Can we talk about Amy Lee as a vocalist for a moment? God damn. I don't think I'm being hyperbolic to say that she's probably the best rock vocalist of the century so far. Her voice is operatic, but never feels like it's above the music she's singing to. If anything, the music is built around her voice, that's how great it is.

Which leads me to Paul McCoy's parts. They're... fine. They don't do anything to detract from the song for me, and making the song a male-female duet does amplify the despair Lee's narrator conveys during the song. But when you have a vocalist as talented as Amy Lee on the song, it's a tall order to find anyone able to complement her. Having McCoy rap his parts doesn't help his cause, either.

Given that a band like Linkin Park, who's already been in this column and will be again, were coming off their massive album Hybrid Theory, it's natural that Wind-Up Records wanted to catch lightning in a bottle by riding the rap-rock wave at the time. But it feels slightly regrettable that McCoy's parts feel like they anchor what should be a timeless song to a very specific time period. Evanescence were never trying to be Linkin Park. "Bring Me to Life" is the only time the band really went near what other nu metal bands were doing.

Because radio programmers can be stupid more often than not, the song met resistance when it was released to radio nationally. To my knowledge, KNDD was one of the first stations outside of Arkansas to play "Bring Me to Life". Soon enough, however, the rest of the country followed suit. The song appeared in the Ben Affleck superhero movie Daredevil, a movie that outgrossed films like School of Rock and Kill Bill: Vol. 1 during the year. Eventually it topped Billboard's Modern Rock chart, the first with a female vocalist since "Celebrity Skin". It crossed over to pop radio too, peaking at #5 on the Hot 100. It topped the charts in the United Kingdom, Italy, and Colombia, as well as going top 10 in dozens of other countries.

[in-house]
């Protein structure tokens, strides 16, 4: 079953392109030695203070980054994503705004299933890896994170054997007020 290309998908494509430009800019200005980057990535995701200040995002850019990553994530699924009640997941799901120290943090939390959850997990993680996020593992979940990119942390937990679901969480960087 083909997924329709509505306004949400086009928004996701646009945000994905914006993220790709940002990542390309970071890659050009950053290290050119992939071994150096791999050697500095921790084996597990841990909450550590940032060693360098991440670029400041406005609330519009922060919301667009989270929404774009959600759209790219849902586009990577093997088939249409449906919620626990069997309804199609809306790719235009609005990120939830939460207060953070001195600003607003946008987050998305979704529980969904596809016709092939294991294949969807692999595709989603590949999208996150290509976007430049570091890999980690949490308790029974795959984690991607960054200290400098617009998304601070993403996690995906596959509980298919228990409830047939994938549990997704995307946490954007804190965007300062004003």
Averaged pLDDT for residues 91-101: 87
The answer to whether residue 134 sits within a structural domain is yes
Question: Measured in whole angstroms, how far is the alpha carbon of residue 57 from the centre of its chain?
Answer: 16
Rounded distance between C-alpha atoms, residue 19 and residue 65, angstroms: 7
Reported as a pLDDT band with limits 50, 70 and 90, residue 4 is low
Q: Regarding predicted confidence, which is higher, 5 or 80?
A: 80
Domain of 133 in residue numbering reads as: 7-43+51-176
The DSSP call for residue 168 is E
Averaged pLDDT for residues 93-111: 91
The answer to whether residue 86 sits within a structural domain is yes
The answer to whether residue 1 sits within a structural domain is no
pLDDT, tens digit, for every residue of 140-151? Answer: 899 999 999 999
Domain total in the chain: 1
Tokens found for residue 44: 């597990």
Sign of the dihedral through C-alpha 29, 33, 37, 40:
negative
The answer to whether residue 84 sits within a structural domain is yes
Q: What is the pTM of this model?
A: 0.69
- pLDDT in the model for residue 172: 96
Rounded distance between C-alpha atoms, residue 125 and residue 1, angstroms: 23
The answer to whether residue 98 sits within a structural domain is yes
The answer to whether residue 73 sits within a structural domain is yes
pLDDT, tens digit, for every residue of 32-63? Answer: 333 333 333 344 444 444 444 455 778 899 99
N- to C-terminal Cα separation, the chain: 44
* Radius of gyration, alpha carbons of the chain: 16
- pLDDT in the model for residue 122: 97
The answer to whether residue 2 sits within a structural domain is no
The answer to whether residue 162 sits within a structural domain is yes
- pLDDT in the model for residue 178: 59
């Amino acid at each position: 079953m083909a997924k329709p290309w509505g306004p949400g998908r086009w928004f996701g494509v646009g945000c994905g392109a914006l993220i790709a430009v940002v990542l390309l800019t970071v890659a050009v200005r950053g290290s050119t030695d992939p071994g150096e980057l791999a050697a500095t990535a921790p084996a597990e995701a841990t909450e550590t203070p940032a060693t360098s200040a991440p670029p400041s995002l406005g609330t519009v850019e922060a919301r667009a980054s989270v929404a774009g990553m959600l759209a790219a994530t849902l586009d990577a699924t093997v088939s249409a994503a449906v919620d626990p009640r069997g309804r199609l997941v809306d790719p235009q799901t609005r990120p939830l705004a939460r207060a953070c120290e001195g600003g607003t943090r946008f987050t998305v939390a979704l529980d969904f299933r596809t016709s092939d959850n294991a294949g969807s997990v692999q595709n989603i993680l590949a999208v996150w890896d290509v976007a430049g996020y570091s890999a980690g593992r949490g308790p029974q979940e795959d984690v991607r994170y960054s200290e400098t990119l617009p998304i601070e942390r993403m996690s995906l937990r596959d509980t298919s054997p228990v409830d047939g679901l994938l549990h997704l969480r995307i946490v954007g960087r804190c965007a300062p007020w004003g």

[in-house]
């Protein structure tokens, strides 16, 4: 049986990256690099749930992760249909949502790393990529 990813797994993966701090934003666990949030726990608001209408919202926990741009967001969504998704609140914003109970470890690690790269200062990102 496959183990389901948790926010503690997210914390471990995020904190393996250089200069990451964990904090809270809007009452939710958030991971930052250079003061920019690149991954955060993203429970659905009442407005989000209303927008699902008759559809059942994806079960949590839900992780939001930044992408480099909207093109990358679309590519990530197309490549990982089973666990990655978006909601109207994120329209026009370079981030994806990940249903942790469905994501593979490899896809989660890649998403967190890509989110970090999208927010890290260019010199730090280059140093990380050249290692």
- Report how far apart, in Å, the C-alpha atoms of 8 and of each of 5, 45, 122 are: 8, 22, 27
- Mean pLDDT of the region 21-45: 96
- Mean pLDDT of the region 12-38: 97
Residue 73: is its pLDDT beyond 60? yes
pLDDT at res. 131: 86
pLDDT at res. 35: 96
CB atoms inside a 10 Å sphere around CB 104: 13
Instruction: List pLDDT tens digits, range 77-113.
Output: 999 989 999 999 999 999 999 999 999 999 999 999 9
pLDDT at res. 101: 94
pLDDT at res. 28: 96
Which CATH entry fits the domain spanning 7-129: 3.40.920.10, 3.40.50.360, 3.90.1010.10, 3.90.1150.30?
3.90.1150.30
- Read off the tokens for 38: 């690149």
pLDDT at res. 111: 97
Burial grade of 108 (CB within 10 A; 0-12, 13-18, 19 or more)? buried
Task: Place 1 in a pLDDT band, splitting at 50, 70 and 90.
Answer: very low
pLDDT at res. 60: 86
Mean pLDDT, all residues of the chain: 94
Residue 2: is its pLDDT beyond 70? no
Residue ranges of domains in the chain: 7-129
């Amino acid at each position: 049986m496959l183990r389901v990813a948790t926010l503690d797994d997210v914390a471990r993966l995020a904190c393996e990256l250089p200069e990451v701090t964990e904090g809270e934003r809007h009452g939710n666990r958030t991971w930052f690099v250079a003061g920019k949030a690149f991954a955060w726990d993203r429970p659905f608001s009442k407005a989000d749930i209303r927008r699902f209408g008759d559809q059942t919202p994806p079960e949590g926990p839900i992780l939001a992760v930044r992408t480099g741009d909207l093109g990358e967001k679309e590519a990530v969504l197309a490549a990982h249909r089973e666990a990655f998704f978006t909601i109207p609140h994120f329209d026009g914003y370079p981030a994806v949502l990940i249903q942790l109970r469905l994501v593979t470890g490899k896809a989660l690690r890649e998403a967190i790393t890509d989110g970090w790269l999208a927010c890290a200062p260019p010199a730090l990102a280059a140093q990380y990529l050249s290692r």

Evanescence's debut album Fallen did big business when it was released in March 2003. The whole album builds on the gothic, theatrical tendencies hinted at in "Bring Me to Life". Lee feels like she's crafting her own universe on Fallen, built from the chaotic experiences she had growing up. It clearly struck a chord with music fans, and probably showed that the macho-centric world of post-grunge and nu metal were on its way out. To date, the album has sold over 10 million copies in the United States.

Neither of the next two singles from Fallen, reached the top of my chart, but they came close. "Going Under" also got early airplay on KNDD, prior to getting an official release in the summer of 2003. Once it did, it went to #2 on my top 40. That song was what Lee wanted to be the first single from the album, and is more representative of the album as a whole than "Bring Me to Life". Alternative radio validated this by playing it enough to push it to #5 on that chart.

Then there was "My Immortal", a gorgeous ballad that was probably my favorite track on Fallen when I first listened to it. The song is spare and tender and an incredible showcase for Lee's vocals. When the song was released to radio, a different version of the song featuring the whole band and orchestration was used. This bothered me because I felt like the band harmed what was a terrific song on the album. In retrospect, I realize the album version would've done nothing on the radio. Despite my feelings at the time, "My Immortal" made it to #2 on my top 40, and became the band's second top 10 single on the Hot 100, reaching #7.

Fallen was and is one of the tentpole albums of the 2000s for me. It's a huge reason why I fell in love with goth, emo, and shoegaze bands of the past, present, and future. Evanescence weren't done with making hit songs that I loved, either. We will see them again in this column.


Here's the scene from a 2011 episode of The Office where Will Ferrell air-juggles to "Bring Me to Life":


Audioslave's brooding, contemplative second single, "Like a Stone", peaked at #2 behind "Bring Me to Life".

Also peaking at #2 behind "Bring Me to Life" was Finch's despondent, ear-bleeding emo classic, "What It Is to Burn".